If they are really shipping in Q3 , they should know all of the hardware details by now. I mean, if they didn’t figure it out by now and not deceptive w projections, I would have to question their competency. By all standards, they should have a finished product in hands and work on the fine OS tuning till shipments starts.

As I switched back to the most reliable network today (vzw) I figured I’m better off just canceling my pre-order (599). No way they gonna go as far to support all of their bands. And I need the phone to work all the time. I’m not talking CDMA, because Verizon is shutting it down later this year, but their superb LTE spectrum.
As I was gonna send a cancellation request , I hesitated, of course. I really root for their success and still hope they may do more. I just can’t afford a $600 spare phone.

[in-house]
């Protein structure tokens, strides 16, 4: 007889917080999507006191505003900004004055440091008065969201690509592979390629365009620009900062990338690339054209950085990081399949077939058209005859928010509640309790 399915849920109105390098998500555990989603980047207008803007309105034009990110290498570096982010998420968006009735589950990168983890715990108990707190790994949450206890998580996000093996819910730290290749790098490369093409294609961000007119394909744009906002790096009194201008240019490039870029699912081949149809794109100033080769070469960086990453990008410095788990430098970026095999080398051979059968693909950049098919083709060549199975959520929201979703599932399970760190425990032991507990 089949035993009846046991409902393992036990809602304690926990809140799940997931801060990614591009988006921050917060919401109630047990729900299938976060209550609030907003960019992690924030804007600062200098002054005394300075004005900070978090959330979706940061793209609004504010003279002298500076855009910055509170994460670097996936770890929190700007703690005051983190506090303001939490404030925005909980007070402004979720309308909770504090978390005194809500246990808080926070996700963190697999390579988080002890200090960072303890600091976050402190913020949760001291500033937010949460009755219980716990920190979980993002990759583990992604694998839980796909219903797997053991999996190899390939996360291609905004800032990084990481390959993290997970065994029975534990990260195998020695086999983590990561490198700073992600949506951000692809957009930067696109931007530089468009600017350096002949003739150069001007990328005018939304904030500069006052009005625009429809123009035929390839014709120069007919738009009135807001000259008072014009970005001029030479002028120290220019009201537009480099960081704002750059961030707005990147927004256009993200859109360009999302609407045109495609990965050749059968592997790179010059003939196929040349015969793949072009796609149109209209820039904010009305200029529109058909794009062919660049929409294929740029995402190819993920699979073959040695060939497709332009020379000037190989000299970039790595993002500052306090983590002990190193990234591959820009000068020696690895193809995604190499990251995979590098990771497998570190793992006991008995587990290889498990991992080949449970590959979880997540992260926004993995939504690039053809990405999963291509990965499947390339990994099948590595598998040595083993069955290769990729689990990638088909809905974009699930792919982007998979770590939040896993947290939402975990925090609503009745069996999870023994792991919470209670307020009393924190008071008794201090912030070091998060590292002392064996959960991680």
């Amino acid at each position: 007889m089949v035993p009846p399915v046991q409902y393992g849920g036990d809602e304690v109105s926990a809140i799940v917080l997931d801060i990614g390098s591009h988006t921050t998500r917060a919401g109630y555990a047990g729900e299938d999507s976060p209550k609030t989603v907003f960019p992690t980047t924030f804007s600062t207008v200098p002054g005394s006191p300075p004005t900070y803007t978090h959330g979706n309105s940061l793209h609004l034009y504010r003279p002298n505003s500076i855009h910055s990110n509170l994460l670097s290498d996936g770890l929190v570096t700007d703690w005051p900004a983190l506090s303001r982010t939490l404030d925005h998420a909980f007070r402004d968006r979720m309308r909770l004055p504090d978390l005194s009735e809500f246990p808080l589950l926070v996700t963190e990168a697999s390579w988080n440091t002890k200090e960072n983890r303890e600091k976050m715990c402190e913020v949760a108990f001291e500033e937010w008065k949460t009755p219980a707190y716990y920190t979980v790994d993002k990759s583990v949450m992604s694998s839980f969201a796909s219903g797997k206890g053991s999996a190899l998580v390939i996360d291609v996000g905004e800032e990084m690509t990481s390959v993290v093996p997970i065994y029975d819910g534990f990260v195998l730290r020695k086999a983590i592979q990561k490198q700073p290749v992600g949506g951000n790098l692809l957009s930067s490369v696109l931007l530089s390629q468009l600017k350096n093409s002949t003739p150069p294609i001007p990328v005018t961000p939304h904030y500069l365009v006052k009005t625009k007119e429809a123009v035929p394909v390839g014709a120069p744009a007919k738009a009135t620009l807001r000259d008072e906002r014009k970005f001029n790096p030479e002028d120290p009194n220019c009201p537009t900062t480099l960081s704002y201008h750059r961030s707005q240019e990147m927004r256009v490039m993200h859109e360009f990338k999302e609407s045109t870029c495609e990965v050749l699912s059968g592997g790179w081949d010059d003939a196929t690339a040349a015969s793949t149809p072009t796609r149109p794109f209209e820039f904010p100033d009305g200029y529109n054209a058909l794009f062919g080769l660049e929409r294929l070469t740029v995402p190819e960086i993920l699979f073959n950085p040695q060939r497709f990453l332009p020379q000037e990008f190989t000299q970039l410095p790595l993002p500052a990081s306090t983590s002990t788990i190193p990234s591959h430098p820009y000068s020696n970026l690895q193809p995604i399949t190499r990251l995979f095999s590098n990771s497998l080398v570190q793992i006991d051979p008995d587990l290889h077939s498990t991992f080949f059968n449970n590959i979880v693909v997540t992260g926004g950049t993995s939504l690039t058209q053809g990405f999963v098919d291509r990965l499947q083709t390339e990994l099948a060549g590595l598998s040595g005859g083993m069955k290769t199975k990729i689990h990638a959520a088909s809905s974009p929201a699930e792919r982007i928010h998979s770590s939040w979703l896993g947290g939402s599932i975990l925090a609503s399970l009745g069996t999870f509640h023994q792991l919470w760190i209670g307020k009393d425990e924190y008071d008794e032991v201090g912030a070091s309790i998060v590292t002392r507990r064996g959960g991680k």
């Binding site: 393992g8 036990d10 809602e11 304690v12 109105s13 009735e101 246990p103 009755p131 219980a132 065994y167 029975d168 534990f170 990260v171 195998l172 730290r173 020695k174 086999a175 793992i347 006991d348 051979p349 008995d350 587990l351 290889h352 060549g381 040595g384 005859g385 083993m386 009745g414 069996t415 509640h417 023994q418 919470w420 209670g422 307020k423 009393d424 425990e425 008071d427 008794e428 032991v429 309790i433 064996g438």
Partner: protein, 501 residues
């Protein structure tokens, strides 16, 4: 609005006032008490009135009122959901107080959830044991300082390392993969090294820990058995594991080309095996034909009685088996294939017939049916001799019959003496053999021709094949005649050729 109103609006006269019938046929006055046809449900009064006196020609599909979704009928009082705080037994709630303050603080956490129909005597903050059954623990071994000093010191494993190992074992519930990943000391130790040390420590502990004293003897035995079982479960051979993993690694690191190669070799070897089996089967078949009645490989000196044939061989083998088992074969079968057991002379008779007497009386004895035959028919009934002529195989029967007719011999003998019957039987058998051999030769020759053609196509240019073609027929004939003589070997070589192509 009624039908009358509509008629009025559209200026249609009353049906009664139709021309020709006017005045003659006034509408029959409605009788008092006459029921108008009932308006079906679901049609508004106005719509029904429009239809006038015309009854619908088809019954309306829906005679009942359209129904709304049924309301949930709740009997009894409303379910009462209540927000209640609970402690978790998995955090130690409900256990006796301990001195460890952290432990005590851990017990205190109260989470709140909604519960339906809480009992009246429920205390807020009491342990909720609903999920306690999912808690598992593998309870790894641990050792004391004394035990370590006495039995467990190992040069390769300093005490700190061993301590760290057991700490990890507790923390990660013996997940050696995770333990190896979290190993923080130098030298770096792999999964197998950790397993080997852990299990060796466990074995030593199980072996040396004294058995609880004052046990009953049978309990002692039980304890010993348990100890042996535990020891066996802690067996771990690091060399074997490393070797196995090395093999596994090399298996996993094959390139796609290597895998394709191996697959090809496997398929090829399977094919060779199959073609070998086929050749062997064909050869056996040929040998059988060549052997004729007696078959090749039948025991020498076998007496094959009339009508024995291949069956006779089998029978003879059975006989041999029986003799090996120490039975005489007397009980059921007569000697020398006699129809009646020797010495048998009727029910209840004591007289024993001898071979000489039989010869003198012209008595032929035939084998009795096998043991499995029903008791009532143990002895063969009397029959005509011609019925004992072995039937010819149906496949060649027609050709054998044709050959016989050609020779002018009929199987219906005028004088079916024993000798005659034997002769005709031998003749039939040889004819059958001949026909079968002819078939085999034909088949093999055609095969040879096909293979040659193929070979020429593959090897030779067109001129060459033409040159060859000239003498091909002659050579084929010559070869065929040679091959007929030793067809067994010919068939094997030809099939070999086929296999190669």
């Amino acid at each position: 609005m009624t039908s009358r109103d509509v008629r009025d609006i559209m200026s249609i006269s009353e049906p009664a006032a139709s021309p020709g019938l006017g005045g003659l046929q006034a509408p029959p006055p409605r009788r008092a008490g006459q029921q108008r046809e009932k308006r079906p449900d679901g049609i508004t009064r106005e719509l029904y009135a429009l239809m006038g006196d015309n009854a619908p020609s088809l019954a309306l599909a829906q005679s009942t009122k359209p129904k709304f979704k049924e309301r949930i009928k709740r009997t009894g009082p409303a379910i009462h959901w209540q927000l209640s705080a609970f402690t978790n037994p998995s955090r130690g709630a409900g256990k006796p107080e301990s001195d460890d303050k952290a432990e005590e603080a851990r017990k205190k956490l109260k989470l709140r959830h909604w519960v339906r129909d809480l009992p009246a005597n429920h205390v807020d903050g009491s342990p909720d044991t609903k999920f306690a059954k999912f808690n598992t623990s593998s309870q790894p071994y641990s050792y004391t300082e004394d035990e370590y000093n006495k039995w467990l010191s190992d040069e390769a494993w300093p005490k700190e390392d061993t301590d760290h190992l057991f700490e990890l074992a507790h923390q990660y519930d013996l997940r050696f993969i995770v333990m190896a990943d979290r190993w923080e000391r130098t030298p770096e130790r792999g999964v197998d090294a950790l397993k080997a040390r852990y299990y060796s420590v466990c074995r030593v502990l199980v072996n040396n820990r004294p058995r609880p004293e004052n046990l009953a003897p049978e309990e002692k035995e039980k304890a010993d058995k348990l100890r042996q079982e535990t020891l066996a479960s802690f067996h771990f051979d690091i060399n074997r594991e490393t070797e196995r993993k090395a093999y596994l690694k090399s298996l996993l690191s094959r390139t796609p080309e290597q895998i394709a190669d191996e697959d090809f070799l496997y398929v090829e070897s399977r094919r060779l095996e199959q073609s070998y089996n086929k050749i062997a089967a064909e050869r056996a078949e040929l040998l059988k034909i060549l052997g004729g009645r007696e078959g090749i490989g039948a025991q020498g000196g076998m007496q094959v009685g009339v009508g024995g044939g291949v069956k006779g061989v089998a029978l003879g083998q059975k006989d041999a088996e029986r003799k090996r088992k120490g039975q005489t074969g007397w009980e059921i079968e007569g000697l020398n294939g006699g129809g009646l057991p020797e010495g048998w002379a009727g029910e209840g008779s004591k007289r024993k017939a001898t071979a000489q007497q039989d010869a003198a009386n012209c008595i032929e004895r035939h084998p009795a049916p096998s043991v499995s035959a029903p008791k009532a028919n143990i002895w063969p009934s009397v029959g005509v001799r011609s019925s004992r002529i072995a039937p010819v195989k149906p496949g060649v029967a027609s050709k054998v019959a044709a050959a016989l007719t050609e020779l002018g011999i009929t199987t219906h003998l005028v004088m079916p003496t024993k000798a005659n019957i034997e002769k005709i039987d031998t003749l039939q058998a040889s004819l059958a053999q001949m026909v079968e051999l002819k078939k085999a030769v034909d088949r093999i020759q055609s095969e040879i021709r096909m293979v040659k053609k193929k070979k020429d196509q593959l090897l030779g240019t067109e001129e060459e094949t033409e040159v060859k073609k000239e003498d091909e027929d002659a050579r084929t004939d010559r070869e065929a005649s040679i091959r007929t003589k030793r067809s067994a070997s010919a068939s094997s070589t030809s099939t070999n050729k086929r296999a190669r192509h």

Rumor has it that Purism will be announcing something during the beginning of July (July 1 or July 4), so you might want to wait a week before you make your decision.

You also might want to read this thread to understand the difficulties with getting another cellular modem.

Since the Librem 5 is using a standard-sized 3042 M.2 card, it isn’t that hard to replace the cellular modem and add the driver if you are willing to use binary blobs.


Where does this rumor even come from? I keep seeing people say that. But near as I can tell that just comes from people thinking it would be cool if they announce something on independence day and it’s not based on any inside knowledge or anything. Also the price is going to be bumped up at some point so take that into consideration.


Mainly from staff on Twitter. See this and two following, also taking note who liked it.

Also, it was originally said that the sale will end at end of June. This was now prolonged till end of July, probably to get those on board who see the daily videos and those who wait for final specs etc.
Even if the date turns out to be off a bit, it’s about time for an update. :sunglasses: